Overseeing JACK Entertainment’s entry into legalized sports betting, Adam Suliman knows better than most how it is bringing more traffic into the operator’s Ohio properties and attracting thousands of individuals to gambling by phone or computer for the first time.
He’s cautious, however, about the staying power of those eye-popping numbers from the first month of sports betting that resulted in a total of $1.11 billion in January bets in the state, second only to New York. Mobile and retail operators saw a national record of $208.9 million in monthly revenue from the bets, with the state collecting as tax 10% of that.
Suliman, senior vice president of sports and digital gaming for JACK Entertainment, stressed in an interview with OH Bets that a lot of that initial betting was driven by the $320 million in promotional credits given at the outset to customers being pursued by online sportsbooks, including his betJACK. That amount won’t be matched in February or any subsequent month.
His local company and most of the 16 other online operators in January were willing to take a net loss that first month — with promotional offers exceeding revenue — in order to attract customers they hope to retain long term.
That statewide giveaway of $320 million “in 31 days is a lot, so I would expect that to come down,” Suliman said. “It’s come down for us, for sure. … We want to be fair with customers and provide promotions that are meaningful, but we also want to run a business that makes a profit.”
Monthly betting might drop 25%
Only two operators, Caesars Sportsbook and Betr, reported having more revenue in January than they gave away in credits. BetJACK, operating sports betting in its first state, had $407,071 in revenue and nearly $1.2 million in promotional credits, according to the Ohio Casino Control Commission’s financial report.
Suliman said betJACK’s giveaways to customers were actually less in January than the report stated, but he acknowledged the amount exceeded revenue as with most books.
And while revenue is an unpredictable figure month to month in the sports betting industry, Suliman is confident the February handle information reported by the OCCC at the end of this month won’t show another billion-dollar month. Aside from anticipated shrinkage in promotional credits, betting volume in all states drops in February from the shorter calendar and end of football season.
“If I had to guess, I’d say it will be 75 percent of what it was in January,” he estimated. “Ohio was always slated to be like a number five or number six market in the country, and I think that’s ultimately where it will fall. … People love sports in the state, but I’m not sure we can use [January’s betting volume] as a barometer.”
And while betJACK’s $4.2 million in January handle wasn’t even 1% that of FanDuel, Suliman said his company isn’t interested in competing with the major national operators that spend millions on advertising dollars. He said it is catering to residents of the state by means such as creating special bet offers focused on Ohio teams and posting staff-written articles about the teams under a “news” tab on its betting platform.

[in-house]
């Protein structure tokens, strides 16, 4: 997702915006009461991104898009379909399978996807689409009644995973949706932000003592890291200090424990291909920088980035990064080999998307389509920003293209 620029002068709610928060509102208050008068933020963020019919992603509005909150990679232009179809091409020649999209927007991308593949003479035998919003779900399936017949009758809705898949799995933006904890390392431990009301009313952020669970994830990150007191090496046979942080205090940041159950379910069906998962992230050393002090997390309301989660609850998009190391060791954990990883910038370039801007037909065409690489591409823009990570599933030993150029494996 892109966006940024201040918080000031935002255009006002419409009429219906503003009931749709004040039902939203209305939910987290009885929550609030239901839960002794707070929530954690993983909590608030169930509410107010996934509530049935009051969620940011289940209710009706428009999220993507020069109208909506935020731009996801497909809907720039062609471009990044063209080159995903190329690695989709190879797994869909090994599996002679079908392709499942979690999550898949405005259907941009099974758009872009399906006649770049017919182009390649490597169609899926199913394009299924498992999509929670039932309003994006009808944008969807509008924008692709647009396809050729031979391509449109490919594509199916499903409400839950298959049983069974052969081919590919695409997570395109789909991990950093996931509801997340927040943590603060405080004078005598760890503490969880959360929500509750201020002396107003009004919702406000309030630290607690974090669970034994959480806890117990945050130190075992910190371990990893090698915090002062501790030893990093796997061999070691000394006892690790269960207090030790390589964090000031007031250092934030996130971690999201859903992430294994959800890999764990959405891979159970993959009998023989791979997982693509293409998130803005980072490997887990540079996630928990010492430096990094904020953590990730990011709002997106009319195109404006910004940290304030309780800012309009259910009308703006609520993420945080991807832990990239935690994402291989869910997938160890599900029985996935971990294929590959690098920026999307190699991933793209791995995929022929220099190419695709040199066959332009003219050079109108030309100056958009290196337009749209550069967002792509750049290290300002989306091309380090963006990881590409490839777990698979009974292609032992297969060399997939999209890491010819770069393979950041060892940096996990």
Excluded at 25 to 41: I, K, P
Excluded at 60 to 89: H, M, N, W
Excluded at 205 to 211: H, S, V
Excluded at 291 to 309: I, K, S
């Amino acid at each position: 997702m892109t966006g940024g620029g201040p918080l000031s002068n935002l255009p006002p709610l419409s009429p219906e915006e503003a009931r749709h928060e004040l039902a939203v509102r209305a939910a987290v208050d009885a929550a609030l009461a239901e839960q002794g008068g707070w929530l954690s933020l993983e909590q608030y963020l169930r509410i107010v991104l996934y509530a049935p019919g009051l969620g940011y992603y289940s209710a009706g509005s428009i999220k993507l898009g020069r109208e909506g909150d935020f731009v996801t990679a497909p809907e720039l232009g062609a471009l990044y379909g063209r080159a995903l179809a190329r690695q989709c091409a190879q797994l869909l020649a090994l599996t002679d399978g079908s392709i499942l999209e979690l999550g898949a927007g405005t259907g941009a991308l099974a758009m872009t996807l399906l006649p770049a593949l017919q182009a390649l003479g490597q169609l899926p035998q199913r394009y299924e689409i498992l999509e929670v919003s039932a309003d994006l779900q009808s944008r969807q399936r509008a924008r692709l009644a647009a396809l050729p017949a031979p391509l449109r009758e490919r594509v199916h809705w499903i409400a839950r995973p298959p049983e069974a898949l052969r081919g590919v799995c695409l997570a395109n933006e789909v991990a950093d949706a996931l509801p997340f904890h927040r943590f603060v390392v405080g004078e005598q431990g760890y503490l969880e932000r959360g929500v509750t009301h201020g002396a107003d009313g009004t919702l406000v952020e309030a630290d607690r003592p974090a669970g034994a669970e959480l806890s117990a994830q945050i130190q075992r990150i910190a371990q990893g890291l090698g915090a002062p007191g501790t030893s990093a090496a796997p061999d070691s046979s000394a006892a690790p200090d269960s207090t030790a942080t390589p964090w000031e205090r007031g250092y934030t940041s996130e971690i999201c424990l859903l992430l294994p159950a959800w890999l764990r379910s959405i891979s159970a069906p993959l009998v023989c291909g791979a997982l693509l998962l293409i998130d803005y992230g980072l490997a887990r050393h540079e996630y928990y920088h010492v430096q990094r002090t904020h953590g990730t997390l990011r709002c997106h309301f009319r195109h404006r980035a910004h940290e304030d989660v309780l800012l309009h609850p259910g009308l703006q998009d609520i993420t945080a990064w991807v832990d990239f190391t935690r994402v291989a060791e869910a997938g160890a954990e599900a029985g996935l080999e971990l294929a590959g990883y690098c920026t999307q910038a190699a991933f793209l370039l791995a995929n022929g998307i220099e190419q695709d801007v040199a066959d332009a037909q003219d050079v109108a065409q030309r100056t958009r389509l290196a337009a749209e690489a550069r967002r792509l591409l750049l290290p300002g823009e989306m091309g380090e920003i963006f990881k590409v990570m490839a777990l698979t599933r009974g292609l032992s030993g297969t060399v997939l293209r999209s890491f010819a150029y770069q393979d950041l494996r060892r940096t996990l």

“We feel we’re in a very good position with our brick-and-mortar properties and our first foray into digital marketing,” Suliman said.
The sportsbooks’ spillover benefit
One thing Suliman knows for sure is that JACK’s Cleveland casino and Thistledown racino are benefiting in multiple ways from the addition of sportsbooks, with a special boost anticipated over the next few weeks from crowds drawn to watch and bet on March Madness.
Like the gaming industry statewide, JACK Cleveland’s slots and table games and JACK Thistledown’s VGTs are off to a better revenue start in 2023 than in any prior year. A variety of factors that are hard to separate out can go into such improvements, but one that Suliman credits is how sports betting is bringing in patrons who might not otherwise be present.
“There’s clearly a halo effect from sports betting going live in Ohio that has helped create a very successful January and February,” Suliman said. “We’re very pleased with the brick-and-mortar sports betting performance in the first couple of months — it’s done what we’d expected — but revenue from it is only a part of the story. A big part of the story is how having that amenity can drive additional traffic,” and those individuals may take part in other gambling, eating, and drinking while present.
Adding Vegas-style sportsbooks to its casino and racino were part of an overall $100 million capital investment by JACK Entertainment recently in property improvements.
JACK Cleveland took $3.5 million in sports bets in January, retaining revenue of $270,483. JACK Thistledown took $1.6 million in bets, with $112,353 in winnings. (February figures for the properties and statewide are to be released at the end of March.)
By comparison, traditional gaming revenue amounted to $23 million in January for the casino (a 25.7% increase from January 2022) and $14.8 million for the racino (an 11.5% year-over-year increase).
Sports betting itself is never considered highly profitable for casinos, but it does have the effect of creating a buzzier atmosphere — especially for big events like the NCAA Tournament, which will capture national attention over the next four days and in subsequent weeks.
It’s far easier to follow action of multiple games in a sportsbook — where they can simultaneously be shown side by side on large screens — than while sitting on a couch at home. Loud cheers and groans are shared all at once by friends and strangers alike as games end, perhaps this month like on no other occasion.
“There’s something special about March Madness in a sportsbook,” Suliman commented, counting on plenty of patrons to come in to see for themselves starting Thursday.
Photo: Courtesy of JACK Entertainment